Monday, 30 November 2009

Peter Lovesey at Writing Buddies

The Writing Buddies meeting on Friday 20th November was a well attended affair, when the Buddies welcomed crime writer Peter Lovesey to share coffee and chat at Borders bookshop. We also said 'Hello' to several writers who joined us for the first time.

Fiona had sent off a manuscript for the Harry Bowling Prize, had enrolled on three courses at West Dean College in Chichester and had been approached about speaking at school on her writing experiences.

Glen has seen her script rejected by the BBC and is currently working on amateur dramatics in the community.

New Writing Buddy Diana turned to writing after ill health forced her into early retirement. She has had numerous letters, articles and a biography published and is working on her first novel, which is currently under consideration with an agent. She is a graduate of the London School of Journalism.

Mo is busy writing articles for magazines and newspapers.

Dee had come straight from Waterstones, where she had been stock signing.

Tessa is looking for an editor for her second book. She is busy designing a bookmark for Writers In Southampton, who are holding their next meeting on 3rd December in Portswood.

Ex-teacher, Peter Lovesey, took up writing in 1975 and, as he put it, 'does enough to keep going and make a living.' Peter's overseas sales help considerably to making writing a worth while proposition for him. He is currently writing book number 32.

Jimmy is busy writing a sci-fi novel and has just started a war in the future!

Patsy reported that her proofs have come through from the publisher and she really must check them. Life is hectic though and finding time is difficult.

Pam has been involved recently with the Poetry Trust.

Poet Peter is looking to publish a series of poems he wrote some years ago. He has been going to open mic events and will be in Swindon at the White Hart soon.

There was a discussion of various open mic sessions and their value. Mo revealed she is also a performance poet. The sessions run by Rob Richardson at Rosie's Wine Bar in Portsmouth were mentioned.

Barbara is still writing her diary, into its 40th year. She has been busy preparing a workshop for the Southampton Writer's Circle, and writing her pages for the Church magazine.

Chris, another new member, writes short stories and has an idea for a novel, which she is working on. She has previously published a book on child and adolescent mental health, which is in its second edition. She was a social worker and family therapist.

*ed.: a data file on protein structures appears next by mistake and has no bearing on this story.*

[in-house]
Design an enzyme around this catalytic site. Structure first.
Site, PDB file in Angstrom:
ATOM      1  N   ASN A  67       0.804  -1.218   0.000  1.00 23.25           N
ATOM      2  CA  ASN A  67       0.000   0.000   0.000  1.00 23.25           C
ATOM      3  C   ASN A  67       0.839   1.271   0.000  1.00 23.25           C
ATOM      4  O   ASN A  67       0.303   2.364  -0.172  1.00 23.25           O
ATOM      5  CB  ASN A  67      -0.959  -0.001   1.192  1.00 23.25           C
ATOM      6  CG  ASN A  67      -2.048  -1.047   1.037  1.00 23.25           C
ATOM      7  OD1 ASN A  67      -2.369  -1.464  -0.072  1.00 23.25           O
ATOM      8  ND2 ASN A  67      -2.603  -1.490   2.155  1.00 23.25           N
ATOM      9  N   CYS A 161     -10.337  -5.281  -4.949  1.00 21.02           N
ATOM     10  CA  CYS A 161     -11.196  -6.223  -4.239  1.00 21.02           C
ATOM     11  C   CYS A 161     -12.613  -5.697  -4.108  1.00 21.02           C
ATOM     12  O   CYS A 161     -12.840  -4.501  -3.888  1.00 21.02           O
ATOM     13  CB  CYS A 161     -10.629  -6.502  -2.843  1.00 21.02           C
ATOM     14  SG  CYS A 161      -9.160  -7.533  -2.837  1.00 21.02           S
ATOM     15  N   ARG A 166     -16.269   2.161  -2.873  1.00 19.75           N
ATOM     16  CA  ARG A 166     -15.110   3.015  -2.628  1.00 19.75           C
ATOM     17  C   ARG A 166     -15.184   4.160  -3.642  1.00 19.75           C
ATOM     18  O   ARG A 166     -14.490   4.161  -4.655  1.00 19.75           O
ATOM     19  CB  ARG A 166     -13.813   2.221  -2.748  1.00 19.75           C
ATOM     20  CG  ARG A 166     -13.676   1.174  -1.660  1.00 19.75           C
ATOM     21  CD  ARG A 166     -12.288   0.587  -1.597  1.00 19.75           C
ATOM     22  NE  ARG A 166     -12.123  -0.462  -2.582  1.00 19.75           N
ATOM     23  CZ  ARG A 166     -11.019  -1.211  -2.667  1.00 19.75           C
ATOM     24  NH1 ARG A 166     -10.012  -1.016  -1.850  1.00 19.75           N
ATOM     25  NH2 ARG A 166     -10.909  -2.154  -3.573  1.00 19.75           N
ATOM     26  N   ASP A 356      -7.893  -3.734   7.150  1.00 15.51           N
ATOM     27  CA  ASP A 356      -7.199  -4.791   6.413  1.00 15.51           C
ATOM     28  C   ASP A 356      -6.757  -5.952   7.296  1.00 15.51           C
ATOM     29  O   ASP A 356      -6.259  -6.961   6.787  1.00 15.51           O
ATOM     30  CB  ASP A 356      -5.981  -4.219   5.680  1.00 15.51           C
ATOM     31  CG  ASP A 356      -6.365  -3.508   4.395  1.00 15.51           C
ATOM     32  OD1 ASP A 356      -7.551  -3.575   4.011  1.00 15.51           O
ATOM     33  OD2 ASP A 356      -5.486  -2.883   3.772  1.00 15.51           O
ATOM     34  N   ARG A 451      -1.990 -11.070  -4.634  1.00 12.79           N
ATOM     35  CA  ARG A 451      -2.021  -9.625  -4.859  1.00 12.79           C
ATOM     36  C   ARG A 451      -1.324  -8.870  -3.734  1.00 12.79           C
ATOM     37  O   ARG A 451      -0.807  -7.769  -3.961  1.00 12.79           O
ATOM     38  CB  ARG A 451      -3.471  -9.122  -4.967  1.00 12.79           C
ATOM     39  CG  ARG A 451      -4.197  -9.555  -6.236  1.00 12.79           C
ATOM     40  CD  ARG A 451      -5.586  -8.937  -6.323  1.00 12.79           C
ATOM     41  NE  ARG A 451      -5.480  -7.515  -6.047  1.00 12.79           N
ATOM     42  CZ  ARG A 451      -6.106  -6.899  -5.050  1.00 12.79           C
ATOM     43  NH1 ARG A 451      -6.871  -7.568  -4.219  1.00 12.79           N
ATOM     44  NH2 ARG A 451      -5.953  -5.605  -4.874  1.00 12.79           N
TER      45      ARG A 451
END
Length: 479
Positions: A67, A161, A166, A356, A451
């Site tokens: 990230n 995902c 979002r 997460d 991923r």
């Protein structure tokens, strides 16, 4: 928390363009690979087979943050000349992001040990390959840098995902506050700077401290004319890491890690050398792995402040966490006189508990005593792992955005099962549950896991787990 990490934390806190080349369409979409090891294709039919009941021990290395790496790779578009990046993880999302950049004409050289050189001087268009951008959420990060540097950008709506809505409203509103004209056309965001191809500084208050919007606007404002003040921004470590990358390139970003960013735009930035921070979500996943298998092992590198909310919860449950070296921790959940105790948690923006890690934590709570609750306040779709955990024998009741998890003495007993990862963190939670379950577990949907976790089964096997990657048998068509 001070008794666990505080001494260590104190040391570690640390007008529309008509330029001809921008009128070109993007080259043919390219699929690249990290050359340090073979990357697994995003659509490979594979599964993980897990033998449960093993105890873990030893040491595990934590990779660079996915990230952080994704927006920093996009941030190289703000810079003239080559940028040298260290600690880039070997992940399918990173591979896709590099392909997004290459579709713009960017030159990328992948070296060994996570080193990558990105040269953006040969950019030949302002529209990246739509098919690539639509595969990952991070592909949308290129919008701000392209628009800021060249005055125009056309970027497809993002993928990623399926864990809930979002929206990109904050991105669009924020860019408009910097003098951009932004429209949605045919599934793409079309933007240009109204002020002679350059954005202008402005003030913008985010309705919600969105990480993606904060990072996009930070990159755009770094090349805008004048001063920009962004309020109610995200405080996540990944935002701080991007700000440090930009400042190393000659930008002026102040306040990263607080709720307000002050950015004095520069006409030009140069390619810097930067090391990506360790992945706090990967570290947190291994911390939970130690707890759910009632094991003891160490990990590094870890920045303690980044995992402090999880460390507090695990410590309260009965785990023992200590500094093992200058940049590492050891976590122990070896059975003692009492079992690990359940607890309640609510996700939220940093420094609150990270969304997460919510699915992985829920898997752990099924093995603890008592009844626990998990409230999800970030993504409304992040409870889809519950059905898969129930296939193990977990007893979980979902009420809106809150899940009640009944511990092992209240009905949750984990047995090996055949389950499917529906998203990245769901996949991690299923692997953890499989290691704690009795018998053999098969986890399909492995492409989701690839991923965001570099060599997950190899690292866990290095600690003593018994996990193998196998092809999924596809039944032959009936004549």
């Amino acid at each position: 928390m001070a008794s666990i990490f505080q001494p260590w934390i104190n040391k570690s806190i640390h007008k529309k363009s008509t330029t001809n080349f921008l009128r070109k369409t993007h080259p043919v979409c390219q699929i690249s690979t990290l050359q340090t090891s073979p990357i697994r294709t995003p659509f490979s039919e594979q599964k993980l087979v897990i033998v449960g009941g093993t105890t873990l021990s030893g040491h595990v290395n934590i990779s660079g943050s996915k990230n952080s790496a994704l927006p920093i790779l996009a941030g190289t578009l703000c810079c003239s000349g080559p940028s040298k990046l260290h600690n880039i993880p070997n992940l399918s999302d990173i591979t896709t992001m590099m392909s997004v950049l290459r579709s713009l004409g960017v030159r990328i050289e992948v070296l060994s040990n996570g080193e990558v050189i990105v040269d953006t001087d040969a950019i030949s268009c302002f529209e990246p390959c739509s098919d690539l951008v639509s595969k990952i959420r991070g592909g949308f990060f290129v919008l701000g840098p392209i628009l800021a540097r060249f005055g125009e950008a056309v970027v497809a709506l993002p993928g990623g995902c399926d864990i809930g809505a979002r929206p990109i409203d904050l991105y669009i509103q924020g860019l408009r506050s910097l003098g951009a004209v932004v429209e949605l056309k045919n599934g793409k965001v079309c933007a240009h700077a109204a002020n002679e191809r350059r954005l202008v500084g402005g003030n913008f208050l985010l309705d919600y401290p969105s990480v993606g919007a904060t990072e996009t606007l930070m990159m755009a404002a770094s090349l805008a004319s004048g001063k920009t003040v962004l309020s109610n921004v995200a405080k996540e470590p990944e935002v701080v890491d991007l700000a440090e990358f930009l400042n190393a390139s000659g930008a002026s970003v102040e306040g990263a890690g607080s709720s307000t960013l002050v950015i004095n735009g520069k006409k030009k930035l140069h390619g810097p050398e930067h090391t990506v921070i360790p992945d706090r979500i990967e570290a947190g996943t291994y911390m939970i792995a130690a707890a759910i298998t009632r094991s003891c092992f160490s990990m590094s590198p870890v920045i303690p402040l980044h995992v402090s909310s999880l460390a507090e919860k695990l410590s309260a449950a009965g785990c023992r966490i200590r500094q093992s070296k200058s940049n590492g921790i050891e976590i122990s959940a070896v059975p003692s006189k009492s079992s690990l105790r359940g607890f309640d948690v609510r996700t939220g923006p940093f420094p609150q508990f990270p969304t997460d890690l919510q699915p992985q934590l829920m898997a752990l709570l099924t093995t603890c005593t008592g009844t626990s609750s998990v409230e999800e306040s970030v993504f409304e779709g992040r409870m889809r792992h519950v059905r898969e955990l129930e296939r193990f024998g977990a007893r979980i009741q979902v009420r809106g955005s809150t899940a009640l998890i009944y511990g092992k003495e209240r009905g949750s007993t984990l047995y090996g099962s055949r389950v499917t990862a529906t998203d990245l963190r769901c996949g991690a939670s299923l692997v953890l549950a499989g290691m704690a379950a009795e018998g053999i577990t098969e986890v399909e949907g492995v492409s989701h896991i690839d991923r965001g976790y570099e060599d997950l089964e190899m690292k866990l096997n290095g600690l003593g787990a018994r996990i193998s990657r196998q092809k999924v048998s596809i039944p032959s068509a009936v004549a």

Penny had been interviewed on Express FM and the interview would be broadcast on 1st December. She is coming to the end of writing her book, Folklore of Hampshire.

Peter Lovesey outlined his approach to writing. He said he takes about six weeks to produce a detailed synopsis and then writes the book. There are no drafts although he acknowledged that sometimes the characters get larger as they evolve. 'It's exciting when it happens,' he said. For Peter the synopsis is the most creative part of the whole writing process.

Dee said that her synopsis is usually a paragraph long. She commented that she is expected to produce a book set within the period 1900 - 1960, which encompasses 2 World Wars and a depression, so she has lots of scope. She writes in chapters, and prints off each with the date as she goes. She stressed the importance of getting the period right.

The group discussed the importance or otherwise of character names. Peter L said that he looked at the surnames of a cricket team 100 years ago and chose names from that. It was pointed out that a common name was a good thing, as readers could identify with the character.

The question of celebrity writers was discussed at length, particularly in light of Lynda La Plante's comments at the Crime Writers Association Dagger Awards Ceremony a short time ago. She urged publishers and agents to turn back towards the ordinary everyday writers and to ditch the 'celebrity writer' who did not write their own book. It was generally acknowledged that Katie Price's book was dumbed down. Ghost writing gigs can often be lucrative though it was commented.

The question of whether Carole Ann Duffy and Simon Armitage were blanked by the BBC was discussed. They had been billed to appear on Late Night Review and at the last moment it was announced that they would not appear. Several of the Writing Buddies felt that there was some kind of conspiracy going on behind the scenes and speculation was rife as to what this could be.

It was commented that rhyming poetry was on its way back and it was cool for boys to write poetry again, particularly if was then used as a rap, to music. It was noted that the Birmingham Poetry Slam evolved out of rapping.

Both Fiona and Peter F were congratulated on their recent success as they had been elected to membership of the Society of Women Writers and Journalists.

In all it was a lively meeting. The next meeting will take place on Friday 4th December. In light of the problems Borders are currently experiencing, the venue will be announced shortly. Nicola Guy, commissioning editor at The History Press will be our guest at this meeting.

If you are interested in joining us at the next meeting, please email Penny on for the latest information.

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